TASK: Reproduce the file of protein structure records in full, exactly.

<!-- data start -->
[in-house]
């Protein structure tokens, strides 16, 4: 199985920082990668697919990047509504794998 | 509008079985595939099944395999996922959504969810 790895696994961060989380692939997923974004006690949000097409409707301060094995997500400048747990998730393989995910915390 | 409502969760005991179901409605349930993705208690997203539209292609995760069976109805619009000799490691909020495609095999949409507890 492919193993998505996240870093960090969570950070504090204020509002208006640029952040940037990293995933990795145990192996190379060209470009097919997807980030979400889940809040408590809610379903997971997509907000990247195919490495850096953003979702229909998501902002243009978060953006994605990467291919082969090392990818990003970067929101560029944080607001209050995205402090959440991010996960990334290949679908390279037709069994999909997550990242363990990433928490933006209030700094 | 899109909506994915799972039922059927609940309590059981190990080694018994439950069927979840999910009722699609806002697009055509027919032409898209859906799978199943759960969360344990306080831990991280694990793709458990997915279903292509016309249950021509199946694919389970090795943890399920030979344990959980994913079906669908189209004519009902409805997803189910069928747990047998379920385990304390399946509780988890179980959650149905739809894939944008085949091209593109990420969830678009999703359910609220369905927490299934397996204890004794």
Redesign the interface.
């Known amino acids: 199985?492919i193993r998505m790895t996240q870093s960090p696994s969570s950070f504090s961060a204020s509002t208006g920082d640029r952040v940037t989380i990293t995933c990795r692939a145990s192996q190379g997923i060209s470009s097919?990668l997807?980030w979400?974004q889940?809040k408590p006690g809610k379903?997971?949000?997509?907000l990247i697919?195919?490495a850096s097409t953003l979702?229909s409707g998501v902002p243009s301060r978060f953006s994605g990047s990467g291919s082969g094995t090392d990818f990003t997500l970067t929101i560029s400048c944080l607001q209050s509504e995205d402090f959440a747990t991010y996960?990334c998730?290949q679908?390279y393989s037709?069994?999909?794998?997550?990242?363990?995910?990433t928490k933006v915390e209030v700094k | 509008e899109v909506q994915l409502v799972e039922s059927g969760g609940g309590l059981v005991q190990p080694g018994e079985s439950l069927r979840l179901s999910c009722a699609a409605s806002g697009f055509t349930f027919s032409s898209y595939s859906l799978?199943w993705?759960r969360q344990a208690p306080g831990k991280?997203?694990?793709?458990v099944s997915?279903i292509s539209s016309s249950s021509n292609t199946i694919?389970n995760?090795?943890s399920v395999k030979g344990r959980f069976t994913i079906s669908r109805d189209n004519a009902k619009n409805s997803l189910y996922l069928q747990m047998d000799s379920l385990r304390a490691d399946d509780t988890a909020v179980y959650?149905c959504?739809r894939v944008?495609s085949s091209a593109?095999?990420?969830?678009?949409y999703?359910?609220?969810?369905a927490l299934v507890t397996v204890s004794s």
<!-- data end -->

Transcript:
[in-house]
């Protein structure tokens, strides 16, 4: 199985920082990668697919990047509504794998 | 509008079985595939099944395999996922959504969810 790895696994961060989380692939997923974004006690949000097409409707301060094995997500400048747990998730393989995910915390 | 409502969760005991179901409605349930993705208690997203539209292609995760069976109805619009000799490691909020495609095999949409507890 492919193993998505996240870093960090969570950070504090204020509002208006640029952040940037990293995933990795145990192996190379060209470009097919997807980030979400889940809040408590809610379903997971997509907000990247195919490495850096953003979702229909998501902002243009978060953006994605990467291919082969090392990818990003970067929101560029944080607001209050995205402090959440991010996960990334290949679908390279037709069994999909997550990242363990990433928490933006209030700094 | 899109909506994915799972039922059927609940309590059981190990080694018994439950069927979840999910009722699609806002697009055509027919032409898209859906799978199943759960969360344990306080831990991280694990793709458990997915279903292509016309249950021509199946694919389970090795943890399920030979344990959980994913079906669908189209004519009902409805997803189910069928747990047998379920385990304390399946509780988890179980959650149905739809894939944008085949091209593109990420969830678009999703359910609220369905927490299934397996204890004794």
Redesign the interface.
């Known amino acids: 199985?492919i193993r998505m790895t996240q870093s960090p696994s969570s950070f504090s961060a204020s509002t208006g920082d640029r952040v940037t989380i990293t995933c990795r692939a145990s192996q190379g997923i060209s470009s097919?990668l997807?980030w979400?974004q889940?809040k408590p006690g809610k379903?997971?949000?997509?907000l990247i697919?195919?490495a850096s097409t953003l979702?229909s409707g998501v902002p243009s301060r978060f953006s994605g990047s990467g291919s082969g094995t090392d990818f990003t997500l970067t929101i560029s400048c944080l607001q209050s509504e995205d402090f959440a747990t991010y996960?990334c998730?290949q679908?390279y393989s037709?069994?999909?794998?997550?990242?363990?995910?990433t928490k933006v915390e209030v700094k | 509008e899109v909506q994915l409502v799972e039922s059927g969760g609940g309590l059981v005991q190990p080694g018994e079985s439950l069927r979840l179901s999910c009722a699609a409605s806002g697009f055509t349930f027919s032409s898209y595939s859906l799978?199943w993705?759960r969360q344990a208690p306080g831990k991280?997203?694990?793709?458990v099944s997915?279903i292509s539209s016309s249950s021509n292609t199946i694919?389970n995760?090795?943890s399920v395999k030979g344990r959980f069976t994913i079906s669908r109805d189209n004519a009902k619009n409805s997803l189910y996922l069928q747990m047998d000799s379920l385990r304390a490691d399946d509780t988890a909020v179980y959650?149905c959504?739809r894939v944008?495609s085949s091209a593109?095999?990420?969830?678009?949409y999703?359910?609220?969810?369905a927490l299934v507890t397996v204890s004794s």